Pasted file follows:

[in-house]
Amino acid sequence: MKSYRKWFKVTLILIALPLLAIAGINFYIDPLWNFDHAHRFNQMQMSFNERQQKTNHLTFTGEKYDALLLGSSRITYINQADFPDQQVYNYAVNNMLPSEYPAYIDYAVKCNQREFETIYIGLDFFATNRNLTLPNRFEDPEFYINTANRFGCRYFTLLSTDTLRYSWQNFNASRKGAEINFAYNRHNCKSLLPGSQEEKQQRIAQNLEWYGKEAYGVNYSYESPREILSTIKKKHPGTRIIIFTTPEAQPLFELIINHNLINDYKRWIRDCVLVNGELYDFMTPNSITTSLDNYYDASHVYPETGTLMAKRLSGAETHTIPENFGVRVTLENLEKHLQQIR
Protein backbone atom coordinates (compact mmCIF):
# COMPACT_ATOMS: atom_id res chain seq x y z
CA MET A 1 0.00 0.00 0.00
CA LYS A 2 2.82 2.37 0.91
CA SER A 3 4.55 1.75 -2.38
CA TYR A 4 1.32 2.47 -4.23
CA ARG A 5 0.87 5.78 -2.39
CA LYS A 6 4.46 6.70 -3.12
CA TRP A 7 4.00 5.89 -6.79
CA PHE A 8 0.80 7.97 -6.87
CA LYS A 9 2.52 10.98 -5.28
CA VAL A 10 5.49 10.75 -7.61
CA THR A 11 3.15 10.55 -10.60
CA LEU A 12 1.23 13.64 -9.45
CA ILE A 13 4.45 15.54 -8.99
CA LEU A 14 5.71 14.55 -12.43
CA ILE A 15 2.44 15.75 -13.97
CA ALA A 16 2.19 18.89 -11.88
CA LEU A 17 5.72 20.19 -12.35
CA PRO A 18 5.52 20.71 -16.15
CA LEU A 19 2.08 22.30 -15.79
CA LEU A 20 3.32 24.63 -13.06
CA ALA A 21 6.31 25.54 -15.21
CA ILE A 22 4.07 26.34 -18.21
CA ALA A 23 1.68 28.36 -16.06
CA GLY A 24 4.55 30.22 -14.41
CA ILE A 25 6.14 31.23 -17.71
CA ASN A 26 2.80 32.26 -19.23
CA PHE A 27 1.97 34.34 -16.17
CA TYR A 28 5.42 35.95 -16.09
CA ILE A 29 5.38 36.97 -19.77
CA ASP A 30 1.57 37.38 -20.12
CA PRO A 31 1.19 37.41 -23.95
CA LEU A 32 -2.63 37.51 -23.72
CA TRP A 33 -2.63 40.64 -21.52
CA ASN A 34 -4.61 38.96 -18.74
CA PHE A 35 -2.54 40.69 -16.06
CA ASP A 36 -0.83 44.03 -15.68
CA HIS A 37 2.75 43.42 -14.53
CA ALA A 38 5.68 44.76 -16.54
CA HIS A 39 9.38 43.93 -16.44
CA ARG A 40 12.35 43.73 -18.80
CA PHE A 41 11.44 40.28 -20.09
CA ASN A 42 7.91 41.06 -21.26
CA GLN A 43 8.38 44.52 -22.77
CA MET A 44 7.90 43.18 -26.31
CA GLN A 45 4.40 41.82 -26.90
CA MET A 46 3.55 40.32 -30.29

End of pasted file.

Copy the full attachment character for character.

[in-house]
Amino acid sequence: MKSYRKWFKVTLILIALPLLAIAGINFYIDPLWNFDHAHRFNQMQMSFNERQQKTNHLTFTGEKYDALLLGSSRITYINQADFPDQQVYNYAVNNMLPSEYPAYIDYAVKCNQREFETIYIGLDFFATNRNLTLPNRFEDPEFYINTANRFGCRYFTLLSTDTLRYSWQNFNASRKGAEINFAYNRHNCKSLLPGSQEEKQQRIAQNLEWYGKEAYGVNYSYESPREILSTIKKKHPGTRIIIFTTPEAQPLFELIINHNLINDYKRWIRDCVLVNGELYDFMTPNSITTSLDNYYDASHVYPETGTLMAKRLSGAETHTIPENFGVRVTLENLEKHLQQIR
Protein backbone atom coordinates (compact mmCIF):
# COMPACT_ATOMS: atom_id res chain seq x y z
CA MET A 1 0.00 0.00 0.00
CA LYS A 2 2.82 2.37 0.91
CA SER A 3 4.55 1.75 -2.38
CA TYR A 4 1.32 2.47 -4.23
CA ARG A 5 0.87 5.78 -2.39
CA LYS A 6 4.46 6.70 -3.12
CA TRP A 7 4.00 5.89 -6.79
CA PHE A 8 0.80 7.97 -6.87
CA LYS A 9 2.52 10.98 -5.28
CA VAL A 10 5.49 10.75 -7.61
CA THR A 11 3.15 10.55 -10.60
CA LEU A 12 1.23 13.64 -9.45
CA ILE A 13 4.45 15.54 -8.99
CA LEU A 14 5.71 14.55 -12.43
CA ILE A 15 2.44 15.75 -13.97
CA ALA A 16 2.19 18.89 -11.88
CA LEU A 17 5.72 20.19 -12.35
CA PRO A 18 5.52 20.71 -16.15
CA LEU A 19 2.08 22.30 -15.79
CA LEU A 20 3.32 24.63 -13.06
CA ALA A 21 6.31 25.54 -15.21
CA ILE A 22 4.07 26.34 -18.21
CA ALA A 23 1.68 28.36 -16.06
CA GLY A 24 4.55 30.22 -14.41
CA ILE A 25 6.14 31.23 -17.71
CA ASN A 26 2.80 32.26 -19.23
CA PHE A 27 1.97 34.34 -16.17
CA TYR A 28 5.42 35.95 -16.09
CA ILE A 29 5.38 36.97 -19.77
CA ASP A 30 1.57 37.38 -20.12
CA PRO A 31 1.19 37.41 -23.95
CA LEU A 32 -2.63 37.51 -23.72
CA TRP A 33 -2.63 40.64 -21.52
CA ASN A 34 -4.61 38.96 -18.74
CA PHE A 35 -2.54 40.69 -16.06
CA ASP A 36 -0.83 44.03 -15.68
CA HIS A 37 2.75 43.42 -14.53
CA ALA A 38 5.68 44.76 -16.54
CA HIS A 39 9.38 43.93 -16.44
CA ARG A 40 12.35 43.73 -18.80
CA PHE A 41 11.44 40.28 -20.09
CA ASN A 42 7.91 41.06 -21.26
CA GLN A 43 8.38 44.52 -22.77
CA MET A 44 7.90 43.18 -26.31
CA GLN A 45 4.40 41.82 -26.90
CA MET A 46 3.55 40.32 -30.29